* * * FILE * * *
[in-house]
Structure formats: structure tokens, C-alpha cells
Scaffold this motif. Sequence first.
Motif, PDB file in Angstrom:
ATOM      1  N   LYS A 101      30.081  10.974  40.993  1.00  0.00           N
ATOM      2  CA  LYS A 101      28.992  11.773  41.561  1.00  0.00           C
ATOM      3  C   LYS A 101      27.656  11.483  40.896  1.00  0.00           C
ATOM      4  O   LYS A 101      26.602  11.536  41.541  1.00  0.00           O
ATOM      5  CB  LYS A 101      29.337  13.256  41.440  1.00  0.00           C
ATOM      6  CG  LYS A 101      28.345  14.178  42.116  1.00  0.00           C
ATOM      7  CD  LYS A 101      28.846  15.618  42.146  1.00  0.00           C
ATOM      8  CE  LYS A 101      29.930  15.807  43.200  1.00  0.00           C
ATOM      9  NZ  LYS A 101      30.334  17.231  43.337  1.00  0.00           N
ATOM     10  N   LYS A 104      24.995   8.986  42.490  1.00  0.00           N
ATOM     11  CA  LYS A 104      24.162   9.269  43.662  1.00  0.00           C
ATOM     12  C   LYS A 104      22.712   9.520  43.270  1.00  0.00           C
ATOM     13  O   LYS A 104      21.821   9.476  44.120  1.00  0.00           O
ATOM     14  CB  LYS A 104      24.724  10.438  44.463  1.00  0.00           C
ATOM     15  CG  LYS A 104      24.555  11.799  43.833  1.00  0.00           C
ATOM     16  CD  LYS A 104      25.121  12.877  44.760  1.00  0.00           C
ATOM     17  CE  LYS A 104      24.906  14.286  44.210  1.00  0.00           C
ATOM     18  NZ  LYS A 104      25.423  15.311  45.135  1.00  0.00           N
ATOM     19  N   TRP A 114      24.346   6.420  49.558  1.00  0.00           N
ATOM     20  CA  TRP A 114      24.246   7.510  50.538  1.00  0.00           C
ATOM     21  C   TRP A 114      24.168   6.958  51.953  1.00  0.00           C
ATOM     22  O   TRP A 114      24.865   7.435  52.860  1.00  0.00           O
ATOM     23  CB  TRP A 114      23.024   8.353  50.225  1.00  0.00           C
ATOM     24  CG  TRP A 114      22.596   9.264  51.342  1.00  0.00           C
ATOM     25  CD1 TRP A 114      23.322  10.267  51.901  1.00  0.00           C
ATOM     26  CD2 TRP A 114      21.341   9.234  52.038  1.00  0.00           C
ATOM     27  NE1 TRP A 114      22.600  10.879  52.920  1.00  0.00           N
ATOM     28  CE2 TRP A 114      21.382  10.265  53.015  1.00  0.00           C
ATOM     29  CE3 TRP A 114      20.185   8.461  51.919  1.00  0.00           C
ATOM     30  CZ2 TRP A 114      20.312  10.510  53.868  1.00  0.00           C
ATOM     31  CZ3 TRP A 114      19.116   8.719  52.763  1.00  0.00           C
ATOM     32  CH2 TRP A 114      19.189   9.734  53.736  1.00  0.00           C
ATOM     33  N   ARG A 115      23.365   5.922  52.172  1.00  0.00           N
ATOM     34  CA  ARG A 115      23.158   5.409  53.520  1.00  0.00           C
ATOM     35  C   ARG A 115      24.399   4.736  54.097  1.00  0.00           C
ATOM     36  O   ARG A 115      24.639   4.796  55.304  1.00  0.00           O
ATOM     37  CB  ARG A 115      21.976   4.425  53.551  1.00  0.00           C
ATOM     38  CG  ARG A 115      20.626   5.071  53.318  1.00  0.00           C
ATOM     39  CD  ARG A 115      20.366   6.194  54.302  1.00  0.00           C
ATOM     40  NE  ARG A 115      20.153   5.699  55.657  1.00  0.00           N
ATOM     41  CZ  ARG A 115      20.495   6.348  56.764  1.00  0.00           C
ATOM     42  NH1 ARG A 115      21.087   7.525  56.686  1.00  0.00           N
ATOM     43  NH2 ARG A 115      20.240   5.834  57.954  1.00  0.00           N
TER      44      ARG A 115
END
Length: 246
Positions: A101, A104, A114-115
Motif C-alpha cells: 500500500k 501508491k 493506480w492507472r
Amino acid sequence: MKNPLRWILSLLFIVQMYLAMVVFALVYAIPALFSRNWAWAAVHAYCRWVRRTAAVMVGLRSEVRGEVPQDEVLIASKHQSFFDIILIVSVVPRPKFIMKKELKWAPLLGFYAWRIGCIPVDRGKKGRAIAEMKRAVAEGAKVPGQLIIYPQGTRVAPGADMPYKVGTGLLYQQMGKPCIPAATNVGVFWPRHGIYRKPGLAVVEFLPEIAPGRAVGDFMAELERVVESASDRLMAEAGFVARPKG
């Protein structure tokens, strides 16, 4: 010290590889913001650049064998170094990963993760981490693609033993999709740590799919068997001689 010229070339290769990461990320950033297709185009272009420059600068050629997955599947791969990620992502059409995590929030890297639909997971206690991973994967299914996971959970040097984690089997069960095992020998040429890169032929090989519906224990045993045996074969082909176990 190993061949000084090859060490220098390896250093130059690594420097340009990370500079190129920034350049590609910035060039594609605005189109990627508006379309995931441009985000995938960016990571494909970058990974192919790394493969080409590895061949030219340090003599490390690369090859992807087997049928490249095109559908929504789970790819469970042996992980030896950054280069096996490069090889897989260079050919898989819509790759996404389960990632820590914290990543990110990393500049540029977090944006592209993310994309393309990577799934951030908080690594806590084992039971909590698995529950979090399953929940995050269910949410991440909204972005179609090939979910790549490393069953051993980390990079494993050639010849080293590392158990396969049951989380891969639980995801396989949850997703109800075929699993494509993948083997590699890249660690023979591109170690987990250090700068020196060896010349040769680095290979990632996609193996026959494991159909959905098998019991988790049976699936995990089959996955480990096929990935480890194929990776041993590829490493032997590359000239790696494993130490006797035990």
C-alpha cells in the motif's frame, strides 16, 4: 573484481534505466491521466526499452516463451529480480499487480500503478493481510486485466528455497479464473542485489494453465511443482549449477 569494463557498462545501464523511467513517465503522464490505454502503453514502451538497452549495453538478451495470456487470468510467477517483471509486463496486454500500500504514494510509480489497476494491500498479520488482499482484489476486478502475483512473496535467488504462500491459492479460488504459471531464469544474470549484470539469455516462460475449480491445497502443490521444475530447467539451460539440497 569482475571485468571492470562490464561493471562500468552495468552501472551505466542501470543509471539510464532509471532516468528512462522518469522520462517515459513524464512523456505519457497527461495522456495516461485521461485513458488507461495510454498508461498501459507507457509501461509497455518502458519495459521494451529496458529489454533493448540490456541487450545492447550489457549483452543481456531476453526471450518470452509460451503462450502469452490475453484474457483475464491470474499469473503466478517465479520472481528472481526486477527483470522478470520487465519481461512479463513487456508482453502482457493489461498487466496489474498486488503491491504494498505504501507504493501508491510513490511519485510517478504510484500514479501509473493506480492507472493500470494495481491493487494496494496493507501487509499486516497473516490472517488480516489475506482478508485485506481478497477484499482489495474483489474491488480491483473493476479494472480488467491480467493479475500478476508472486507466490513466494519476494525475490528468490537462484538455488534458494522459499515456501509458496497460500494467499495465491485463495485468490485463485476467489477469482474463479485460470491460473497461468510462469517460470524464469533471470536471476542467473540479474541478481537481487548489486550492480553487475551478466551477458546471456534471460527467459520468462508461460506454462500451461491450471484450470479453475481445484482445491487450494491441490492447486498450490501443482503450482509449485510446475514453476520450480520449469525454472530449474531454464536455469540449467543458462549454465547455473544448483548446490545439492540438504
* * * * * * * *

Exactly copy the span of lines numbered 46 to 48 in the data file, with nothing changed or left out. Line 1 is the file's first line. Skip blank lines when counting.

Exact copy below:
ATOM     42  NH1 ARG A 115      21.087   7.525  56.686  1.00  0.00           N
ATOM     43  NH2 ARG A 115      20.240   5.834  57.954  1.00  0.00           N
TER      44      ARG A 115